|About the Book|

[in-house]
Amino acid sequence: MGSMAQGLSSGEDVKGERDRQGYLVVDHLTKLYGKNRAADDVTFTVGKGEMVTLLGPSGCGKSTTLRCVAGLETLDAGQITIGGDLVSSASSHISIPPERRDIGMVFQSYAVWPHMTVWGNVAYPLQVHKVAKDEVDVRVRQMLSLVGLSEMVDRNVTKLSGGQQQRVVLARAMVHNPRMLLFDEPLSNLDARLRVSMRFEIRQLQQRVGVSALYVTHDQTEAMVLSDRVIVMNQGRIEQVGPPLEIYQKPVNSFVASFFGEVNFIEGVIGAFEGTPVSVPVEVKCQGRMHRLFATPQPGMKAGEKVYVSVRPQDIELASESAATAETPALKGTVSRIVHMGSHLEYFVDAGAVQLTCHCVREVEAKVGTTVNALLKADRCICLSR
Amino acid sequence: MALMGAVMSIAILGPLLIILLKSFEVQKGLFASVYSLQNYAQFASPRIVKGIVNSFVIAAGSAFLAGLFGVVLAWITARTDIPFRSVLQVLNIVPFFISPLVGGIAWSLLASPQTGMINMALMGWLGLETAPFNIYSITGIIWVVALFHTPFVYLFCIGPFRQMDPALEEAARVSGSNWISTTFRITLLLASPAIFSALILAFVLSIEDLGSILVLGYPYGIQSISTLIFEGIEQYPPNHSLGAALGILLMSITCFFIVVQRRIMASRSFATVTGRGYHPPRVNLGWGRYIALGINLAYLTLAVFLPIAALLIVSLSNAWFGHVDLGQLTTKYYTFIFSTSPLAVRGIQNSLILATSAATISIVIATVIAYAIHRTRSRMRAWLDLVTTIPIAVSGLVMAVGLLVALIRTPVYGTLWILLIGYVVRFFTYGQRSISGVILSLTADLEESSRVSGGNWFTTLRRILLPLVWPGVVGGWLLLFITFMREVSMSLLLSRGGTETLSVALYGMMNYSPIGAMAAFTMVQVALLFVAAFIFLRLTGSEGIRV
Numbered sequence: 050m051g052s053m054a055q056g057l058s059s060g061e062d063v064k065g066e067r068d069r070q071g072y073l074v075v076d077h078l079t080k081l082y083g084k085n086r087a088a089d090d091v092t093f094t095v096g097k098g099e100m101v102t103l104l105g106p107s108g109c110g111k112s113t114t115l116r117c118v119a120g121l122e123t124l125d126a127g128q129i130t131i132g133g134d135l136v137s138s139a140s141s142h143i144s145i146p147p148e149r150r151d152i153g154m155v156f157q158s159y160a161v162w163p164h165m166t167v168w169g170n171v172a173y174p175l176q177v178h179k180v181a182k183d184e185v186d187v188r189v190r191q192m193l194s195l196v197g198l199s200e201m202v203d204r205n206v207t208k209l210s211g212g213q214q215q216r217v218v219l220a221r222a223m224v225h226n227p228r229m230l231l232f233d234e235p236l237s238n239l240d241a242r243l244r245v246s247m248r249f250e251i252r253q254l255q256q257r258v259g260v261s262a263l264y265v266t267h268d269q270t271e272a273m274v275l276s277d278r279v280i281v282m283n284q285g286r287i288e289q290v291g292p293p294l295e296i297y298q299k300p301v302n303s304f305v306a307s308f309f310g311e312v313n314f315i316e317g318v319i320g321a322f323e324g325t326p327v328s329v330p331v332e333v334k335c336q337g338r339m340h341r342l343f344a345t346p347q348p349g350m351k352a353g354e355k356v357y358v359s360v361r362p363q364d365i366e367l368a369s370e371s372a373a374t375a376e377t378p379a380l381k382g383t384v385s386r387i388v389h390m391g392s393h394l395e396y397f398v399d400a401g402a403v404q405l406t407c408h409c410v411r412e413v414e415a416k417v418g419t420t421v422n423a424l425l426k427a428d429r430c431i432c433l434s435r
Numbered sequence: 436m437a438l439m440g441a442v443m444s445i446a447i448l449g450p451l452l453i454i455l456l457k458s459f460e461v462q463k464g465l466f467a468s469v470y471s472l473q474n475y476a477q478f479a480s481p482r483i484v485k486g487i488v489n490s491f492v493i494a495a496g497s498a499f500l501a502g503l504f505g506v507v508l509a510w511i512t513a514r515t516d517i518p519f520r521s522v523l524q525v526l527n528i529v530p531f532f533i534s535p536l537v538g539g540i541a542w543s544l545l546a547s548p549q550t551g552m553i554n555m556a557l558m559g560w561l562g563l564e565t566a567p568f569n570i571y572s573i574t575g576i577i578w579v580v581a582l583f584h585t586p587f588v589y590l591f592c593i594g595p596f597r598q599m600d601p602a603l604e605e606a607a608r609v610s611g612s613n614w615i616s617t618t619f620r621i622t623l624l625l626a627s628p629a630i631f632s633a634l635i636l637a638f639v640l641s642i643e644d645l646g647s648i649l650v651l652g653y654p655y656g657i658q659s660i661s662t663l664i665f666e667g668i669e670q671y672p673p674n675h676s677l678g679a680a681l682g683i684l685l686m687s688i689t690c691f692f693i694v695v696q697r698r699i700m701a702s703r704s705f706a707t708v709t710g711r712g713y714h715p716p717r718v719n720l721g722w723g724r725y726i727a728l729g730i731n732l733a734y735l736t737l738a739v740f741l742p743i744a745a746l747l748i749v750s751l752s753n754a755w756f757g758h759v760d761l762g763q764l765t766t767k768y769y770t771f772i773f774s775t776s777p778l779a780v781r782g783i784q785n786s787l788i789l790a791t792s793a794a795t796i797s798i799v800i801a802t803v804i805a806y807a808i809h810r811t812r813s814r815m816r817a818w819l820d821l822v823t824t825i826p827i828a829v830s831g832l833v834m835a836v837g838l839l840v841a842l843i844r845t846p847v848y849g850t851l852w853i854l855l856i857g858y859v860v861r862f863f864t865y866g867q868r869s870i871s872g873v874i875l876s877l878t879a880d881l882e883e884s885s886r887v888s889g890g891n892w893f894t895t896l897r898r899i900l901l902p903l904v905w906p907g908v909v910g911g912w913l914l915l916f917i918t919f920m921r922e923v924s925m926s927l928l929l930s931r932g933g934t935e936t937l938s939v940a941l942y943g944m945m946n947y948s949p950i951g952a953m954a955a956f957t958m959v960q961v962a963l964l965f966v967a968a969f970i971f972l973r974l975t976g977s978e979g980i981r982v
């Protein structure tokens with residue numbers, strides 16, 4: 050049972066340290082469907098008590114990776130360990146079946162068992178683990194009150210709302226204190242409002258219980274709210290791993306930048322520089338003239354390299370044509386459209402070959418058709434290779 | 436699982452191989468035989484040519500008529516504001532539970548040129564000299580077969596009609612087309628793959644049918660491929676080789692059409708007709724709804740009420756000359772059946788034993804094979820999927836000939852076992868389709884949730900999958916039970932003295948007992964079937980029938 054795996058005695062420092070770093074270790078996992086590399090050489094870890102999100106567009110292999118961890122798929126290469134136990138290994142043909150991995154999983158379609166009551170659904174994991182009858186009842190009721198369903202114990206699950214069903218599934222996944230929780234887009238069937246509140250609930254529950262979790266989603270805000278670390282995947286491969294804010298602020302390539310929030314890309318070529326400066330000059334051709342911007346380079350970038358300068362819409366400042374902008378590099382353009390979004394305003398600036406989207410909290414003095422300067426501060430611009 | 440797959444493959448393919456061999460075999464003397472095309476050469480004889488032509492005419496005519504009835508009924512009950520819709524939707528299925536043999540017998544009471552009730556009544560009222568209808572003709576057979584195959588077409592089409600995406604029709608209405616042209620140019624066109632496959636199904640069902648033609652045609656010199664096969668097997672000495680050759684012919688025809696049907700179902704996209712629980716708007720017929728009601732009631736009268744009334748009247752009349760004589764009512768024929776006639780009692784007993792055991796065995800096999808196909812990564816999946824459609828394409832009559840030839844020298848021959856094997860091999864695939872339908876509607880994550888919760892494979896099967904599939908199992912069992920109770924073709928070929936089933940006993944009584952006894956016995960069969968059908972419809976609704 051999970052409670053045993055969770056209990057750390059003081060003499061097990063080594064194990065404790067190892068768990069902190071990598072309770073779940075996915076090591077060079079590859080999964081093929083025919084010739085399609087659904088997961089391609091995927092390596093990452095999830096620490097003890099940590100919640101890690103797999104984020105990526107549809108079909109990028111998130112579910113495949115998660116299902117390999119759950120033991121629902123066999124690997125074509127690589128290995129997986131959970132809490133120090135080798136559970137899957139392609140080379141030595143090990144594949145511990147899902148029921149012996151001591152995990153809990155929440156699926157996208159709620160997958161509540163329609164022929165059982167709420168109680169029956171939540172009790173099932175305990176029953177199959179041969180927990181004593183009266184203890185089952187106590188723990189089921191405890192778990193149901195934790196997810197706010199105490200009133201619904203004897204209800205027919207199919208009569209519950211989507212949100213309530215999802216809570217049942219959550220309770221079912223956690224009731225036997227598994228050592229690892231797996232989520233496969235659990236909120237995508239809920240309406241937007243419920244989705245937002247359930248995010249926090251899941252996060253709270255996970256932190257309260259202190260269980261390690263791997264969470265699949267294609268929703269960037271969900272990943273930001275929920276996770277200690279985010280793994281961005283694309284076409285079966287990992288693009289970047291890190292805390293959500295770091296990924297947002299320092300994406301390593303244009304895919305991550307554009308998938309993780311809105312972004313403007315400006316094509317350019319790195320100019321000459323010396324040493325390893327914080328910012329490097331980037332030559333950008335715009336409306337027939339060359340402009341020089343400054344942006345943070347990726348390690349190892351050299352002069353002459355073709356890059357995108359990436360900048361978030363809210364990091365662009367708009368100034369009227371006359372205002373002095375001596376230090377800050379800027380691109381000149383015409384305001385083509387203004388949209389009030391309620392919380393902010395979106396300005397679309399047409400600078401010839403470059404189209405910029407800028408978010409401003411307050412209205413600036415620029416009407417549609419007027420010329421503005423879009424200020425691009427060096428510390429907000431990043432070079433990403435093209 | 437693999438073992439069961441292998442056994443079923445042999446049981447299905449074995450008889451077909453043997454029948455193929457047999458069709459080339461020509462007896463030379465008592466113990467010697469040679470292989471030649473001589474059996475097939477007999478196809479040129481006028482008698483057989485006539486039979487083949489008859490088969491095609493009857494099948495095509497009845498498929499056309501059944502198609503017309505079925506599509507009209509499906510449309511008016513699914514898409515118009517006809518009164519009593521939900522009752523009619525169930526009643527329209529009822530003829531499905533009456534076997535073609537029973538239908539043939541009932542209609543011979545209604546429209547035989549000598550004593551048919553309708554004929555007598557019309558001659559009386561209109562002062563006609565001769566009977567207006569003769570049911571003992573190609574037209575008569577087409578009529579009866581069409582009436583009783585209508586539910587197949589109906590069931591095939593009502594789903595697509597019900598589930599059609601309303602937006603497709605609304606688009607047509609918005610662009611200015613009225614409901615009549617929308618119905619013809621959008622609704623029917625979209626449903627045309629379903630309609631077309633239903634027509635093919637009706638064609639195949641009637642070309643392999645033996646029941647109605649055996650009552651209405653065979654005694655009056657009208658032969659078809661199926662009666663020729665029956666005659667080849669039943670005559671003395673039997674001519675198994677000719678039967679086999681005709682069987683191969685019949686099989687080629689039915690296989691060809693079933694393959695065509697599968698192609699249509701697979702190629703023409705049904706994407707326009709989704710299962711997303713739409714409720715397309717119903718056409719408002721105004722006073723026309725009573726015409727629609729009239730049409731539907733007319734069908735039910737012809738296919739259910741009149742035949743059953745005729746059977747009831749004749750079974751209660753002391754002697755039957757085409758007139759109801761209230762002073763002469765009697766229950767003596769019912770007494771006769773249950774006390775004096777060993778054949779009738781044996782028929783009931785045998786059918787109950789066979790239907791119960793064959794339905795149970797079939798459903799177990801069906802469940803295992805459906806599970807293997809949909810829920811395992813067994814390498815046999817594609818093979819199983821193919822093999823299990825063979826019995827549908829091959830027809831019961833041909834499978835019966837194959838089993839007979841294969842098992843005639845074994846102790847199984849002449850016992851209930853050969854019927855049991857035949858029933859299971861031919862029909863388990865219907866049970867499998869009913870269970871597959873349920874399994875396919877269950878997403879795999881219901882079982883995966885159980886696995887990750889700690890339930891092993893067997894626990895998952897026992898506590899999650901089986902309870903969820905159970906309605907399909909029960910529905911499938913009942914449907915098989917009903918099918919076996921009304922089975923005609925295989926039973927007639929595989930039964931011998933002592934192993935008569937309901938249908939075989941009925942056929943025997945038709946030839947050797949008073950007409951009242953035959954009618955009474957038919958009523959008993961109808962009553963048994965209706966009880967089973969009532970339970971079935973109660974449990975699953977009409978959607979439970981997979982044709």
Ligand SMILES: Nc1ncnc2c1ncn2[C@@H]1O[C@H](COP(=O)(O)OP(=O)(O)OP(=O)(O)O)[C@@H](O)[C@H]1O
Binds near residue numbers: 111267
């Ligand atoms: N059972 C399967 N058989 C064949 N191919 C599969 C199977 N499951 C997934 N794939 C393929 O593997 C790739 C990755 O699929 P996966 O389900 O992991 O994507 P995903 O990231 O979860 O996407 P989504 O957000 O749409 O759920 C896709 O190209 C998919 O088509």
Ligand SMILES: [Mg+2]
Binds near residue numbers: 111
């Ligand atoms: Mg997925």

This book presents a collection of fifteen essays on the early history of psychoanalysis, focusing on the network of psychoanalytic filiations (who analysed whom) and the context of discovery of crucial concepts, such as Freuds technicalMoreThis book presents a collection of fifteen essays on the early history of psychoanalysis, focusing on the network of psychoanalytic filiations (who analysed whom) and the context of discovery of crucial concepts, such as Freuds technical recommendations, the therapeutic use of countertransference, the introduction of the anal phase, the birth of the object-relations-model as opposed to the drive-model in psychoanalysis, and the psychotherapeutic treatment of psychoses. Several chapters deal with key figures in that history, such as Sandor Ferenczi, Karl Abraham, Eugen Bleuler, Otto Rank, and C. G. Jung, their respective relationship to Freud, and the consequences that their collaboration, as well as conflicts, with him had for the further development of psychoanalysis up to the present day. Other chapters give an overview on the publications of Freuds texts and on unpublished documents (the unknown Freud), the editorial policy of the publications of Freuds letters, and the question of Freuds negative attitude toward America. Most of these essays are single-authored, but three of them are co-authored by highly renowned scholars in the field: John Burnham, Andre Haynal, and Ludger M. Hermanns. Although all of these papers originally appeared elsewhere, albeit in different books and journals, and in different languages, they are published here for the first time in one compact and easily accessible volume, and in one language. Also included is a high-resolution colour print of Falzeders famous graph of the psychoanalytic spaghetti junction, detailing the filiational network of some 480 early psychoanalysts.